• Battery A:  No report.  This battery was in First Division, Sixth Corps, Army of the Potomac and camped opposite Fredericksburg at the close of 1862.  The battery was armed with six 3-inch Ordnance Rifles.
  • Battery B: At White Oak Church, Virginia with four 3-inch Ordnance Rifles. The battery was with 2nd Division, Sixth Corps.
  • Baltimore Independent Battery: At Baltimore with one 6-pdr field gun and six 3-inch Ordnance Rifles. This battery was on duty in western Maryland (Maryland Heights, in particular) at the time.

Hopefully all question marks are settled for those five batteries (from two states) in consideration here.

For smoothbore ammuniton:

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  • 1st Minnesota: 12-pdr field howitzer – 92 shell, 104 case, and 130 canister.
  • 2nd Minnesota: 6-pdr field gun – 266 shot, 288 case, and 71 canister.  12-pdr field howitzer – 160 case and 25 canister.
  • Baltimore Battery: 6-pdr field gun – 150 case and 150 canister.

I like it.  A “clean” data set with little to remark about!

Moving to the rifled projectiles, first the Hotchkiss types:

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Of those reporting (and remember one of the Maryland batteries was lacking here):

  • 1st Minnesota:  Watch the calibers here…. for the 12-pdr Wiard (3.67-inch bore) – 74 Hotchkiss shot, 96 shell, and 12 bullet shell (case).  Recall this caliber matched to the converted 6-pdr rifles, which differed in bore size from true James rifles.  Just an interesting note for artillery students here – Hotchkiss projectiles, designed for Wiard rifles, used in 6-pdr bronze rifles.  Got it?
  • Battery B, Maryland:  150 shell and 370 bullet shell (case) Hotckiss for 3-inch rifles.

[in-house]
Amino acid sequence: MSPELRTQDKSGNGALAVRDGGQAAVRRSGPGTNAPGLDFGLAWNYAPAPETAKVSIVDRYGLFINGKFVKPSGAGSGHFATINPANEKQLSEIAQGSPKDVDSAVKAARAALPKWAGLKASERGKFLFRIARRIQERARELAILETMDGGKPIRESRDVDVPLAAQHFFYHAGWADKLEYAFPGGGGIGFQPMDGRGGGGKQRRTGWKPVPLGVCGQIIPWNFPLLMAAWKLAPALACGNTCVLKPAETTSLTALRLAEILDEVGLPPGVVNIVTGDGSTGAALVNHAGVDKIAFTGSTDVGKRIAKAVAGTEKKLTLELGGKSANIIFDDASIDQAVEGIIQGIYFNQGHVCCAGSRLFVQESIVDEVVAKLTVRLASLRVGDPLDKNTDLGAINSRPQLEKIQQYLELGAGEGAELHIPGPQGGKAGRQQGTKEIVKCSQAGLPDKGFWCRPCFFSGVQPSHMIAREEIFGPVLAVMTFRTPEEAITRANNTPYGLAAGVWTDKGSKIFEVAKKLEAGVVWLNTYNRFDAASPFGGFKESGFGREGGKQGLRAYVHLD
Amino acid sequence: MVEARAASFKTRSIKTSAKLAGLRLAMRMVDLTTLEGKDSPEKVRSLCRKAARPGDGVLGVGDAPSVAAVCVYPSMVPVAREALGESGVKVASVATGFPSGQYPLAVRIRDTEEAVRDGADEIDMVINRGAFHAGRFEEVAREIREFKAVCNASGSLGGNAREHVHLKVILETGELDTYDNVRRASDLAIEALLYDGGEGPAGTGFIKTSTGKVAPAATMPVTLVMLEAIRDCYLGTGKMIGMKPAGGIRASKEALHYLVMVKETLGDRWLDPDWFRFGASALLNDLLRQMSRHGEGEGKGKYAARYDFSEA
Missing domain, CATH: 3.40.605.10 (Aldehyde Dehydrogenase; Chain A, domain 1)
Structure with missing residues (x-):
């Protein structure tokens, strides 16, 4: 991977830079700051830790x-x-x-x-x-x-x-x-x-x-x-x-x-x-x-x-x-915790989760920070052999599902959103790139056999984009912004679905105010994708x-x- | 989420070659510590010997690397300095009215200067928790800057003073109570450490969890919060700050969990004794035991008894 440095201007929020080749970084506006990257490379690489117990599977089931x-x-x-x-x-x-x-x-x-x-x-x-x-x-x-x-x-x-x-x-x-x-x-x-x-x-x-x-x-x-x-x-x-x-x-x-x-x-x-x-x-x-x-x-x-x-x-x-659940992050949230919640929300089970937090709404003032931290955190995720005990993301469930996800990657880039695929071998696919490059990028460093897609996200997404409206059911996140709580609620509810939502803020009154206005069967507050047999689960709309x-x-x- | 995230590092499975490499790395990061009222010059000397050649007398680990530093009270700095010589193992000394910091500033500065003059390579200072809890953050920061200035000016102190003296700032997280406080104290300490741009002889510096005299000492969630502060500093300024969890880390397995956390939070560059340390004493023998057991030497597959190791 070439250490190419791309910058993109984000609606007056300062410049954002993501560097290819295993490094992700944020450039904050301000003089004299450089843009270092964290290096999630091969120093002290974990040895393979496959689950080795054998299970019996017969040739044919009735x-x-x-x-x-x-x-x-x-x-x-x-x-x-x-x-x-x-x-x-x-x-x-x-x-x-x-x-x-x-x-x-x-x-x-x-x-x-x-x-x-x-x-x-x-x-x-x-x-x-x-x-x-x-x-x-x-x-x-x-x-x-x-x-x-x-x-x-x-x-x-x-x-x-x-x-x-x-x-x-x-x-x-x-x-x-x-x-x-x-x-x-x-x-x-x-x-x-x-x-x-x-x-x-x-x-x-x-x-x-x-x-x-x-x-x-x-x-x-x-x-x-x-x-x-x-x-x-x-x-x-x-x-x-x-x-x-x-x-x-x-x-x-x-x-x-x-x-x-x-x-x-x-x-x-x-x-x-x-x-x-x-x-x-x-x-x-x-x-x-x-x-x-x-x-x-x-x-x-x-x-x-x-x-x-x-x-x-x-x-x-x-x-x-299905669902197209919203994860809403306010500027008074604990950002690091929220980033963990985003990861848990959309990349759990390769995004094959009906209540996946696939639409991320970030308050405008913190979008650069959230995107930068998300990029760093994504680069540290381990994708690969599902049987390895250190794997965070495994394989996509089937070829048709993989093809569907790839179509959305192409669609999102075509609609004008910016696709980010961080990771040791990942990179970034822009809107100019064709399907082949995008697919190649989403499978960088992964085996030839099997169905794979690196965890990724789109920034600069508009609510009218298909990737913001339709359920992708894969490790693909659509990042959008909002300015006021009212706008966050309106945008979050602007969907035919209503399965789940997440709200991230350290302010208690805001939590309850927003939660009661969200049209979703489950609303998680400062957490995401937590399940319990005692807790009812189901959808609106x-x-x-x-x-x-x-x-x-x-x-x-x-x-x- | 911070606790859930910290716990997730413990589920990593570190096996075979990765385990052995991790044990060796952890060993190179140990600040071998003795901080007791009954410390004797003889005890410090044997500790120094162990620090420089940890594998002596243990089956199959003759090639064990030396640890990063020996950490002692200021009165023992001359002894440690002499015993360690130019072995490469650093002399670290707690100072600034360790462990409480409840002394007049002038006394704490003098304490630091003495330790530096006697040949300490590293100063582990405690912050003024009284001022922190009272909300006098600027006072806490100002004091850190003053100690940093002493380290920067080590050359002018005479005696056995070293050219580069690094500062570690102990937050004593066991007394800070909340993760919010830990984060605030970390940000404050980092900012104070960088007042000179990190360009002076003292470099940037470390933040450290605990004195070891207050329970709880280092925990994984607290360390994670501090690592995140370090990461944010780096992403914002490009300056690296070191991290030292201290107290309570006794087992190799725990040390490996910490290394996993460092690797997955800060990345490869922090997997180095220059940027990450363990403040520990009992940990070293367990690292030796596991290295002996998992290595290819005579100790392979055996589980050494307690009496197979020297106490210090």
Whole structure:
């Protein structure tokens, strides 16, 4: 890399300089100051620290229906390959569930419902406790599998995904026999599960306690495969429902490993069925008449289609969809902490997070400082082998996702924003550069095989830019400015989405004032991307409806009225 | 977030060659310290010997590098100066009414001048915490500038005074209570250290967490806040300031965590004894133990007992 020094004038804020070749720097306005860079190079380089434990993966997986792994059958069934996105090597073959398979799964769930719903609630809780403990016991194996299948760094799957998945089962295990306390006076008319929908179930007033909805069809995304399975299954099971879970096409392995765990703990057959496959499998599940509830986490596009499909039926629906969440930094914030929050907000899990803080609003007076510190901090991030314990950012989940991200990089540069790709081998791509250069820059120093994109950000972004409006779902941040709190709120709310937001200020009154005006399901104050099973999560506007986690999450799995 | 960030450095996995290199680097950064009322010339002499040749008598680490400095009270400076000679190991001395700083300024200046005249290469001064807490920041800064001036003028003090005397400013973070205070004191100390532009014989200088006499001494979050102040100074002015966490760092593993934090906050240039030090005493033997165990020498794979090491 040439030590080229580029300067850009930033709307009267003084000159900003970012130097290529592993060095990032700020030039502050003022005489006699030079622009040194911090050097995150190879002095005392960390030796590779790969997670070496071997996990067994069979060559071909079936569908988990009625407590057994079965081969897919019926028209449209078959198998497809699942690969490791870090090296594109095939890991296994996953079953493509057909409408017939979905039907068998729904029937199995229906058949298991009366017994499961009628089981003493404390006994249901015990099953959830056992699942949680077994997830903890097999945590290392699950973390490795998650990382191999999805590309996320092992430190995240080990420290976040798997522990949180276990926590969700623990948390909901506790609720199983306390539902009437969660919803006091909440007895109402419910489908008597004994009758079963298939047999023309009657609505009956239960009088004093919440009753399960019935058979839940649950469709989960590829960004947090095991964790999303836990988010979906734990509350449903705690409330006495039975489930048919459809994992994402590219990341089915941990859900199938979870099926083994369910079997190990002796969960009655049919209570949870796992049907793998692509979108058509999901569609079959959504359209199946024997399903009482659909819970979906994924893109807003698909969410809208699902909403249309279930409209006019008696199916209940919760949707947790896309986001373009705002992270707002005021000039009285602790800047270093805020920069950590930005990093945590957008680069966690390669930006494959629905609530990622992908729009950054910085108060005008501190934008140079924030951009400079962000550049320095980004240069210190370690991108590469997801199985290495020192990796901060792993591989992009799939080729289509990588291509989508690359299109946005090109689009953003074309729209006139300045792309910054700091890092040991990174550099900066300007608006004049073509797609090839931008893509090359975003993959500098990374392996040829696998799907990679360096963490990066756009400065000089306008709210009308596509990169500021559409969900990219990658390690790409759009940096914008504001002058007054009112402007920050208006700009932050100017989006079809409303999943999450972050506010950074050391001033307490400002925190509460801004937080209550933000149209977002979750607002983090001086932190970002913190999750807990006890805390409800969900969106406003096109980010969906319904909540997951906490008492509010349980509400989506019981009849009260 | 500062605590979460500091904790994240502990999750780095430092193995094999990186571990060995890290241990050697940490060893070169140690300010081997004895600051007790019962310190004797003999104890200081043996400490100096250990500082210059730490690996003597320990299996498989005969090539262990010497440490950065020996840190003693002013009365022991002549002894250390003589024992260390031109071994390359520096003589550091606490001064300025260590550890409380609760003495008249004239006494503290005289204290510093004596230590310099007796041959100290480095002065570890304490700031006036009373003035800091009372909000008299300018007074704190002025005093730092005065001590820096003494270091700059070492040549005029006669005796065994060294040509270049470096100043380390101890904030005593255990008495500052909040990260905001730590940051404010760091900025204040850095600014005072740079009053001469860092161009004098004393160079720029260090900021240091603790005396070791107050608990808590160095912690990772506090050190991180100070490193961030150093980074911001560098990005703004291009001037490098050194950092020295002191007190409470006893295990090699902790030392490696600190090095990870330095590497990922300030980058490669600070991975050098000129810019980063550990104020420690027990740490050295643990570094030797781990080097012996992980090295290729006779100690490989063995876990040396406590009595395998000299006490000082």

• Baltimore Battery: 150 canister and 736 bullet shell (case) for 3-inch rifles.

None of the reporting batteries indicated quantities of Dyer, Parrott, or James on hand.  Moving over to the Schenkl columns:

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Only the Maryland batteries:

  • Battery B, Maryland:  179 Schenkl 3-inch shells.
  • Baltimore Battery:  584 Schenkl 3-inch shells.

And on the far right we see 1st Minnesota had 126 of Tatham’s 3.67-inch canister for those rifled 6-pdrs.

As for small arms:

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  • 1st Minnesota: 11 Navy revolvers and 13 cavalry sabers.
  • 2nd Minnesota: 8 Navy revolvers and 25 cavalry sabers.
  • Battery B, Maryland: 14 Army revolvers and 113 cavalry sabers.
  • Baltimore Battery: 20 Army revolvers and 30 horse artillery sabers.

Lots of edged weapons there with Battery B.

Other than the issues with the Minnesota batteries reported location, and the interesting use of projectiles for those rifled 6-pdrs, no surprises and few question marks with these batteries.